One thing on which all streams of Judaism agree is that some of the core principles of the Jewish religion revolve around g'milut Chassidim, kvod adam l'chavero and tikkun olam. But what exactly do those concepts involve?
High School students at Yeshivat Kadima of St. Louis have been exploring these questions as part of their course on Jewish History and Contemporary Jewish Issues. The students integrate textual studies with history and real life dilemmas as they explore Jewish issues of today in light of Jewish sources and Jewish history.
The second semester of the course began in the beginning of January with a focus on the relationships between chessed and the students' own lives in light of a variety of the teachings of the Rambam, one of the greatest medieval Jewish thinkers. During January, the class focused on "How to be Good." After viewing a thought provoking video entitled "For Goodness Sakes" the students took a poll in which they were asked to note some of the traits that make a person a good person according to the video. A second poll was used to compare traits that the students feel make one a good person according to Judaism. The students then moved to a linoboard where they expanded on their answers and expressed their thoughts about how Judaism emphasizes "caring for 'the Other'".
The next lesson involved creating a Powerpoint Presentation which focused on definitions of goodness that could be derived from reading traditional texts, particularly those authored by Rambam. A different textual source was presented on each slide, and each student was asked to add his/her own slide to the presentation with a modern-day example of the "chesed" implied in the source. In addition to the feedback given by the instructor, the students were asked to review and comment on each other's work.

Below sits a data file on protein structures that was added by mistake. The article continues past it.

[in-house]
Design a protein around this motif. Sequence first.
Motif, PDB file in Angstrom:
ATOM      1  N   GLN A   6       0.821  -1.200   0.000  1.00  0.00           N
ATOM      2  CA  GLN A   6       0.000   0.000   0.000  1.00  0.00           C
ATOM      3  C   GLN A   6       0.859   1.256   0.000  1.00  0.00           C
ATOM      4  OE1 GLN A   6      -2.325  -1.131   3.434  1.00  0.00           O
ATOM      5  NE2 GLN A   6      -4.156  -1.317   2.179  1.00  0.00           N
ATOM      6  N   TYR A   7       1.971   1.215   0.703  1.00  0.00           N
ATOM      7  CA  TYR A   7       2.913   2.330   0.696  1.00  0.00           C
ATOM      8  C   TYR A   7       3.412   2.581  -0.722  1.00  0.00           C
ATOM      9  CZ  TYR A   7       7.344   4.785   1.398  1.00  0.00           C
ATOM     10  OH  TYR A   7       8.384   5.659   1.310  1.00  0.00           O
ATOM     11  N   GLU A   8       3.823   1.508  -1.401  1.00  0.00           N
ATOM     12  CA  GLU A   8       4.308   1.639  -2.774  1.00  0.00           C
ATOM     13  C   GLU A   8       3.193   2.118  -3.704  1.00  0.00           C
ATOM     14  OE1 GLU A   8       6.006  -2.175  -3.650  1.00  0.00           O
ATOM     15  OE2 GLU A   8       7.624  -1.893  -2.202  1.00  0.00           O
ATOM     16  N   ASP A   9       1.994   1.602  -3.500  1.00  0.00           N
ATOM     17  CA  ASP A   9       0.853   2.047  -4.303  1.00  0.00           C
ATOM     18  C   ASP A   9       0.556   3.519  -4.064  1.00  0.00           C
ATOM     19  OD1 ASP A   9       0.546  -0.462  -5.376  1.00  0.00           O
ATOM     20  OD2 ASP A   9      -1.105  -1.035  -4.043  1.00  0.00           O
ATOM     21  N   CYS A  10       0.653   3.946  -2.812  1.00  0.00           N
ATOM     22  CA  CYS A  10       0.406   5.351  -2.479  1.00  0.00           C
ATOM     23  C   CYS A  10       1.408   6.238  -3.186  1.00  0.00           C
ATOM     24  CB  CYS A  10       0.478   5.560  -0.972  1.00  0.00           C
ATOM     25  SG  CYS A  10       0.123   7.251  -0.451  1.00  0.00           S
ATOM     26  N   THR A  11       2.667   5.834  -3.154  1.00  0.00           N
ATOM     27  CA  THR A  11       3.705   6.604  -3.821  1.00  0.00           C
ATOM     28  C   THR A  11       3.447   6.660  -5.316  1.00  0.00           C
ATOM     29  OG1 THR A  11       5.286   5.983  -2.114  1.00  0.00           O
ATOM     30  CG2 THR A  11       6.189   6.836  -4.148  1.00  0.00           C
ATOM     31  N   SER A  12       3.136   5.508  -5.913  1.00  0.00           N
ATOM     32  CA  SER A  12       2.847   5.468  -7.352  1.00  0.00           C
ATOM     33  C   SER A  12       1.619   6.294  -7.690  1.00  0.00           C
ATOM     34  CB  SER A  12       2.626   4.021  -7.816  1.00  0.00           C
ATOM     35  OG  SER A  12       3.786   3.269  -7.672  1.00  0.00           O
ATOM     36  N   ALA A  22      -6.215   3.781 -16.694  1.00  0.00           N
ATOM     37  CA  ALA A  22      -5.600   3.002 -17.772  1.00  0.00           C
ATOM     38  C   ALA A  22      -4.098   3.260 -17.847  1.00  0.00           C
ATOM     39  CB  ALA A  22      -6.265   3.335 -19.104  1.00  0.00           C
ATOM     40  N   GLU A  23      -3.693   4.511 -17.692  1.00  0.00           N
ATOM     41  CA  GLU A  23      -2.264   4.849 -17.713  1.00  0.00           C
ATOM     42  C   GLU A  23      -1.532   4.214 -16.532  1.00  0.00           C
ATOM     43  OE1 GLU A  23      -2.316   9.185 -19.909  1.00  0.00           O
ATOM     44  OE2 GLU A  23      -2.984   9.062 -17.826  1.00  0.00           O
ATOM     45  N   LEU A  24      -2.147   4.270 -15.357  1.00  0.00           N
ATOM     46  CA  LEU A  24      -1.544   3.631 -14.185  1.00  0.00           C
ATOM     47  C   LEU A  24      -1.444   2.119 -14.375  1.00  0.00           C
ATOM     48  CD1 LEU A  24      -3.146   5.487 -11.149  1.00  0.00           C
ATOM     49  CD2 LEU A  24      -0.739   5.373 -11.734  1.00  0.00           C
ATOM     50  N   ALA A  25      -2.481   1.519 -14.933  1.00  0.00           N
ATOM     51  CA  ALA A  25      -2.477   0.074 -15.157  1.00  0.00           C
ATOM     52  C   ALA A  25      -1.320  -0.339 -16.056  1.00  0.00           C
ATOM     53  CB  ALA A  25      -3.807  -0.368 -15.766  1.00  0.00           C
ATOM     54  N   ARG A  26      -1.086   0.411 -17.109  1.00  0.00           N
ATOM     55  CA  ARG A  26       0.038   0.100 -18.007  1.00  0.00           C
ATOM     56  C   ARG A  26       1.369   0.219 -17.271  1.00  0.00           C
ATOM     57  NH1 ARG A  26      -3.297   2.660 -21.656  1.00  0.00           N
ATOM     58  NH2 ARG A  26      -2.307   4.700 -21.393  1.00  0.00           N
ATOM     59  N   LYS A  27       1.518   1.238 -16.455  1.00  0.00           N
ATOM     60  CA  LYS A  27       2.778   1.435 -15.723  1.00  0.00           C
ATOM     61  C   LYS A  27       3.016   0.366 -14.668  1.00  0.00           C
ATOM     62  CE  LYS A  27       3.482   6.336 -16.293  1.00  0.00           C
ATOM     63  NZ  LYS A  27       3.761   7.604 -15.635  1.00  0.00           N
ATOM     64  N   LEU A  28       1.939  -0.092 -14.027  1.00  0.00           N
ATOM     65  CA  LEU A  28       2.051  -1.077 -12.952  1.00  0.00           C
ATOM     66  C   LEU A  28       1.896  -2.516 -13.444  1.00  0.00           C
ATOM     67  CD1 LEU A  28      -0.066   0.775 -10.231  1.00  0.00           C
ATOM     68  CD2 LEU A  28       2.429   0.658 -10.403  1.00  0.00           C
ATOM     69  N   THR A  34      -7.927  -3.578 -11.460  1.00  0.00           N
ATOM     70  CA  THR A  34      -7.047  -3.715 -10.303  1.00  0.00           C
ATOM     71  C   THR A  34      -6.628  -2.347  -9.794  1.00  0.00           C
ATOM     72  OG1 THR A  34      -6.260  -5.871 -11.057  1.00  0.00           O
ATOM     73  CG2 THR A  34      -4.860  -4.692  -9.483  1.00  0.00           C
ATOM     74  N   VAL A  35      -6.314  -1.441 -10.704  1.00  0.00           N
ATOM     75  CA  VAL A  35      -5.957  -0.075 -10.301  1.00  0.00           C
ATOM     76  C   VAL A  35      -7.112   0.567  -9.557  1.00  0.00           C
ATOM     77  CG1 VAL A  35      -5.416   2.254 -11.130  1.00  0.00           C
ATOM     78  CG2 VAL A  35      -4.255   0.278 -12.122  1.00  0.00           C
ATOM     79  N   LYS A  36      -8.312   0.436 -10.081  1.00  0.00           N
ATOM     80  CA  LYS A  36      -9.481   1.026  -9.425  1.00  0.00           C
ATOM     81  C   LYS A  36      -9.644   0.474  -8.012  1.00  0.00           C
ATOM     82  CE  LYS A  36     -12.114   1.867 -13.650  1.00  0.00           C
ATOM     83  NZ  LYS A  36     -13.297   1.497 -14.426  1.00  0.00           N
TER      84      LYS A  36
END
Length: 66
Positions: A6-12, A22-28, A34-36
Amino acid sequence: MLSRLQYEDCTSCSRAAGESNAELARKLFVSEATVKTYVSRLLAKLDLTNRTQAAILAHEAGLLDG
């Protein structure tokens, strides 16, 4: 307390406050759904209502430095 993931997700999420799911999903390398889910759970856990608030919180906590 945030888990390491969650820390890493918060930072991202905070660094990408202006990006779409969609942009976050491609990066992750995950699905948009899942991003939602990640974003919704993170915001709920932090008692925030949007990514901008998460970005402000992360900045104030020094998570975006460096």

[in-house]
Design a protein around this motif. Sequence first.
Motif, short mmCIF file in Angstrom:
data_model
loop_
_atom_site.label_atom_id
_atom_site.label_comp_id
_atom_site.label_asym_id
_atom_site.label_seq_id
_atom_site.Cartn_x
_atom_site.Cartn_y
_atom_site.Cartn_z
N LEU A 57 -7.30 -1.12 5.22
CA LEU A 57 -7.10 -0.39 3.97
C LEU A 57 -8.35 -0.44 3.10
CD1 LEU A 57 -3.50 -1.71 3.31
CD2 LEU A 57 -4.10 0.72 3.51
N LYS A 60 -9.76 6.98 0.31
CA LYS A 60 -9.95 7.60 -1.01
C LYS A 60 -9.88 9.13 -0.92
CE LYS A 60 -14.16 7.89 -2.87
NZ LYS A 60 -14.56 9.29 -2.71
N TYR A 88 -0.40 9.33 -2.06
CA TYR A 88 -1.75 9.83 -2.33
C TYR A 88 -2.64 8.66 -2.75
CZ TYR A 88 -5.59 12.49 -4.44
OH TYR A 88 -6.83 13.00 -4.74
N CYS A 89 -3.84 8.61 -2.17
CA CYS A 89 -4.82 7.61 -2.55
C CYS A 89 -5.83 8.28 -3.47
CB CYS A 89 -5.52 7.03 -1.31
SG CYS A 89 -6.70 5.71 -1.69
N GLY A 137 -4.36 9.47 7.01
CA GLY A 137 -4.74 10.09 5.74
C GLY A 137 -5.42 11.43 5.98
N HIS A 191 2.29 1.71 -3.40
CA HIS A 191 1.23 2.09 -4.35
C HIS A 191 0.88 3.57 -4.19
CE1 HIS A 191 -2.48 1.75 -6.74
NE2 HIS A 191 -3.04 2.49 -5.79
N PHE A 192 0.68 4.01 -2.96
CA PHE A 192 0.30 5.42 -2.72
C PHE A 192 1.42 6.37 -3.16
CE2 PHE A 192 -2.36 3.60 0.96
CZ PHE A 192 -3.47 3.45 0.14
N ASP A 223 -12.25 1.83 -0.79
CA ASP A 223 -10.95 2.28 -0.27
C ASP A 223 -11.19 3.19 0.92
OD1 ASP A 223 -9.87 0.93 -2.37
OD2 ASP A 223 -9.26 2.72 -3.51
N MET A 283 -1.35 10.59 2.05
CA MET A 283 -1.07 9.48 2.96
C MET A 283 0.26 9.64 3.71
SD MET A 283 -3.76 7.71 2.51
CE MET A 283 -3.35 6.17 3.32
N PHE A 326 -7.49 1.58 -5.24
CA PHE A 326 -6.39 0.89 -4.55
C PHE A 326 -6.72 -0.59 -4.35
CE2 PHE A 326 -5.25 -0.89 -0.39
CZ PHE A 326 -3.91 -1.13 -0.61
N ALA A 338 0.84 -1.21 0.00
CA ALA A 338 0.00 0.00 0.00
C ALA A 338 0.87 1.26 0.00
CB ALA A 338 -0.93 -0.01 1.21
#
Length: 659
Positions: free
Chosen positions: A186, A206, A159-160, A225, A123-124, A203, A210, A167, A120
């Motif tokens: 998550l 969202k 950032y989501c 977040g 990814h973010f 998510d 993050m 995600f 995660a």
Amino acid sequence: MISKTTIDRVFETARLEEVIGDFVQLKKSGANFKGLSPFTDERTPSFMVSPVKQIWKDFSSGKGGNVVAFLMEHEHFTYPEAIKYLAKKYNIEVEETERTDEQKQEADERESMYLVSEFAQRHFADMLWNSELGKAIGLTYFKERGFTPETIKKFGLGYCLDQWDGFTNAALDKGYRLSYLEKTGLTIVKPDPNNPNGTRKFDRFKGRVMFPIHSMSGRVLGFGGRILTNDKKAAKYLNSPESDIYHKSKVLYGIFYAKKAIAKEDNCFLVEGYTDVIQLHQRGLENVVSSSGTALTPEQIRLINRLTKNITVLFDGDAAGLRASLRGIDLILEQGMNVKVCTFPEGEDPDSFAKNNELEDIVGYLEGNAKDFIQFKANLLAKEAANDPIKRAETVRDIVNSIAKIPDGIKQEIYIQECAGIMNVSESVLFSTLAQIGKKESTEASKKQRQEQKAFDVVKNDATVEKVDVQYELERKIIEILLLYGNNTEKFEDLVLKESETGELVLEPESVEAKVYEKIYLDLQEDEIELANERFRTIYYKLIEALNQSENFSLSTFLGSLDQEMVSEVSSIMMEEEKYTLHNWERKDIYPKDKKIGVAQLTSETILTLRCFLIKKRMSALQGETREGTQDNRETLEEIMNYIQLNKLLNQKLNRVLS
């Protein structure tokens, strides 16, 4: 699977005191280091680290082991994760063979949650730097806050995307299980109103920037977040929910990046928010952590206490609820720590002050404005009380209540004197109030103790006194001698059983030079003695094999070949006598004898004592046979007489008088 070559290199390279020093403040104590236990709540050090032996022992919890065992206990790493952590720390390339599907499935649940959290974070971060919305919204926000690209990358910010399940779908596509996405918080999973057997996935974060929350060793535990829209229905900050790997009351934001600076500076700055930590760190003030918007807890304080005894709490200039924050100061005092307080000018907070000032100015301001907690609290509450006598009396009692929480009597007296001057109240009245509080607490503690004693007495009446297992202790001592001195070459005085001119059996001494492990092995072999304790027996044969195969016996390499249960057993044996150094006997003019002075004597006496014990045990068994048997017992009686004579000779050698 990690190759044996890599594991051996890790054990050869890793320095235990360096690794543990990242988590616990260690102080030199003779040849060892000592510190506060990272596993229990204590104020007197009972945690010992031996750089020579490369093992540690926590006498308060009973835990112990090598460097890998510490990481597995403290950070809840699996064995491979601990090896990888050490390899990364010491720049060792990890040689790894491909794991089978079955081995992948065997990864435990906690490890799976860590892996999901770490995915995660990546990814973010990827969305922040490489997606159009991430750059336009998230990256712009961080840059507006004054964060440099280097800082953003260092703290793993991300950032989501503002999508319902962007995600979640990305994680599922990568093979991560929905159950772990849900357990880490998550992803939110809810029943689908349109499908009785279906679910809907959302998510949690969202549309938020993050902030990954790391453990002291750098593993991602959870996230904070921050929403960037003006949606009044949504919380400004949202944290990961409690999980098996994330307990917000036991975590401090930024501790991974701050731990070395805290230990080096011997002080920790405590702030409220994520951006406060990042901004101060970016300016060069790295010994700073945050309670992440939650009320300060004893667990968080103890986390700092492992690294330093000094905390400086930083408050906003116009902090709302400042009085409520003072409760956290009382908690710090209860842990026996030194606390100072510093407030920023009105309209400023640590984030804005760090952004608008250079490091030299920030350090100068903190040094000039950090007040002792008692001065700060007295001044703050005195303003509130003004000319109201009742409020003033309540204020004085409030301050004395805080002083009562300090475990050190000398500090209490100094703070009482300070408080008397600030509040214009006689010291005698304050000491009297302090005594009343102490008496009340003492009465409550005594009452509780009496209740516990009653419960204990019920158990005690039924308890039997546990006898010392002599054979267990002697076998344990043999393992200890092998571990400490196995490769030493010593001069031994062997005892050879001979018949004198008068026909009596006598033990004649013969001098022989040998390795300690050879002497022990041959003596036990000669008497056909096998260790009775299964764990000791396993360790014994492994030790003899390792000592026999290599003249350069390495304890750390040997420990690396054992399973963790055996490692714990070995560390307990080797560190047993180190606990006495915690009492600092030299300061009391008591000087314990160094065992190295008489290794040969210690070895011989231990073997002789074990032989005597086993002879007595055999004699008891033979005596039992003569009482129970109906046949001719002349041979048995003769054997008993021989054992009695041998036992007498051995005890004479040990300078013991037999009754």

The focus of the discussion then turned to the concept of "tzelem Elokim" – "the image of G-d" as the fundamental principle behind the Jewish concepts of g'milut Chassidim, kvod adam l'chavero and tikkun olam. Each student was encouraged to look at how he/she embodies "tzelem Elokim" by reflecting on the following questions:
1. Which of your qualities most reflects "tzelem Elokim"? Give an example of when your behavior reflects "tzelem Elokim".
2. Which quality that reflects "tzelem Elokim" do you respect in someone you look up to? This can be a family member, friend, teacher, anyone in your circle of life. Give an example of what this person did that makes him/her an example of "tzelem Elokim".
The students submitted their own thoughts and then commented on the answers that their peers had offered to further expand and clarify their visions of "tzelem Elokim".
The next session focused on giving Tzedakah, particularly on whether giving Tzedakah is a choice or an obligation? The students examined different sources that command us to give tzdekka and commented on the sources that they found to be most convincing. They then studied Rambam's pyramid of the 8 levels of giving Tzedakah and created a class PPT in which each student discussed one of the Rambam's levels of Tzedakah and related it to their own personal experience.
To summarize the lesson the students were presented with halachot and dilemmas which elicited serious thought about issues that are raised by the injunction to give Tzedakah. The students were asked to comment on those issues as they considered their own feelings and the dictates of Jewish law.